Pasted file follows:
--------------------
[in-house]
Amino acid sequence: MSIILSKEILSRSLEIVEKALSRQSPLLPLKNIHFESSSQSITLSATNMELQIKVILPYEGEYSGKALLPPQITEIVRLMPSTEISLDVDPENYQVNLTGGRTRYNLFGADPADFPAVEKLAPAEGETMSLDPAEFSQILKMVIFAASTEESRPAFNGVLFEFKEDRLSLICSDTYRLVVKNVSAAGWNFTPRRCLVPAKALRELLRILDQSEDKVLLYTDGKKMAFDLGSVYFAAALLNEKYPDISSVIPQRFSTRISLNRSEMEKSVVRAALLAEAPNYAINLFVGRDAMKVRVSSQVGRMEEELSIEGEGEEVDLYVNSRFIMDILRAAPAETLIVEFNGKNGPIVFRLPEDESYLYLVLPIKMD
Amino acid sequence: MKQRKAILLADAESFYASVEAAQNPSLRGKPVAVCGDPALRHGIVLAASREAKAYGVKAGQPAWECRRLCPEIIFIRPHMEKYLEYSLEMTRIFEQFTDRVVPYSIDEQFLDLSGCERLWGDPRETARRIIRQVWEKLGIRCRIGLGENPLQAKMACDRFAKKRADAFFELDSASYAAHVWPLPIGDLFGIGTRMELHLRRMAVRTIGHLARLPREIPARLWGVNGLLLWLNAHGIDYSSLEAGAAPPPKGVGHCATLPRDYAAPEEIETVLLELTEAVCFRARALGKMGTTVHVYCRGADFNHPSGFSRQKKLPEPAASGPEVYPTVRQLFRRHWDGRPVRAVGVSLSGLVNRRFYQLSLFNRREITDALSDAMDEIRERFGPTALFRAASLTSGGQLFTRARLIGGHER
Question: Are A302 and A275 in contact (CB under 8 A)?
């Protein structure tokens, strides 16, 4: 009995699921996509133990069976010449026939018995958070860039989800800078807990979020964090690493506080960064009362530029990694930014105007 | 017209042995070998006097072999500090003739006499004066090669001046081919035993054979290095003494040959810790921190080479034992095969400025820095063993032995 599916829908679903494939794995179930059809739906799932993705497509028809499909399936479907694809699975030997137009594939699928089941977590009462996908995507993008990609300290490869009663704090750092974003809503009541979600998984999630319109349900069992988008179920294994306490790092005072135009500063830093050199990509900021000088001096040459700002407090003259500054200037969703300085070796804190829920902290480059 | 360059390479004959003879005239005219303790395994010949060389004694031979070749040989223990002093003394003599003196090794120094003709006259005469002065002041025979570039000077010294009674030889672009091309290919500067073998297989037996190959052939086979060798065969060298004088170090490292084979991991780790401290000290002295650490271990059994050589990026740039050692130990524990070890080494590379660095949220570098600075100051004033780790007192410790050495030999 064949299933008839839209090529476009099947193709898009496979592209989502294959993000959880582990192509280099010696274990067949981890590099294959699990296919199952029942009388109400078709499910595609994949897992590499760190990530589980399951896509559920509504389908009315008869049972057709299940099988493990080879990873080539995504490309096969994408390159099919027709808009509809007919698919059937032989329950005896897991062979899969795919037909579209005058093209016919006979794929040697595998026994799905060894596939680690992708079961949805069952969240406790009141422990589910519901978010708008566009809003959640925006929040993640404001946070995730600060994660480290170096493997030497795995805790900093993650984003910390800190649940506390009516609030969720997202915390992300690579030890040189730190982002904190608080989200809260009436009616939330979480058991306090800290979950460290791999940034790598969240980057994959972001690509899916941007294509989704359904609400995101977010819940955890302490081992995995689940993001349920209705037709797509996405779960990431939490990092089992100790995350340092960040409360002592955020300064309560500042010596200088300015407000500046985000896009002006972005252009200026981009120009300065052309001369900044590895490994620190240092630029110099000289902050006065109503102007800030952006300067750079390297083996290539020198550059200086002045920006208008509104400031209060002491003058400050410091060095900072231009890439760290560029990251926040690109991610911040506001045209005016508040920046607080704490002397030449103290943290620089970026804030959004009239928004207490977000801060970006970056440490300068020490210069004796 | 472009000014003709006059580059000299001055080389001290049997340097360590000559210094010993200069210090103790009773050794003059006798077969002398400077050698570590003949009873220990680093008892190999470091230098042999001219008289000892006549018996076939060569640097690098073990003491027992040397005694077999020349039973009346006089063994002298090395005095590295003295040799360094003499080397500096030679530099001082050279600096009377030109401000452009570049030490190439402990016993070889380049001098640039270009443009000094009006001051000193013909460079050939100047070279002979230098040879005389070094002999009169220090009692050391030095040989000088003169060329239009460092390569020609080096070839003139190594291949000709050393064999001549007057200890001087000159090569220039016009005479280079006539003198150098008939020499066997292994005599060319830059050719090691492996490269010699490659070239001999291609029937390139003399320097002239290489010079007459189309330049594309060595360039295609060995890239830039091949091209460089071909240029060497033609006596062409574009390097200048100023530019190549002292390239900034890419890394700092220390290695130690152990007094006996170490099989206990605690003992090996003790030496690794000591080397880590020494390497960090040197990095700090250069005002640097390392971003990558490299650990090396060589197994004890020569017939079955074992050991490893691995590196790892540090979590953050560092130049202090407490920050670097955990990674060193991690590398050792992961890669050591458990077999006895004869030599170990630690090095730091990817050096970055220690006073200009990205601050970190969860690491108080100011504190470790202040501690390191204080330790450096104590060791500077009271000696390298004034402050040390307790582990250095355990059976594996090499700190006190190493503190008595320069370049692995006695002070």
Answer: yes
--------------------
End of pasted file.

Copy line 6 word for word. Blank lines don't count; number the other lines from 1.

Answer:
Answer: yes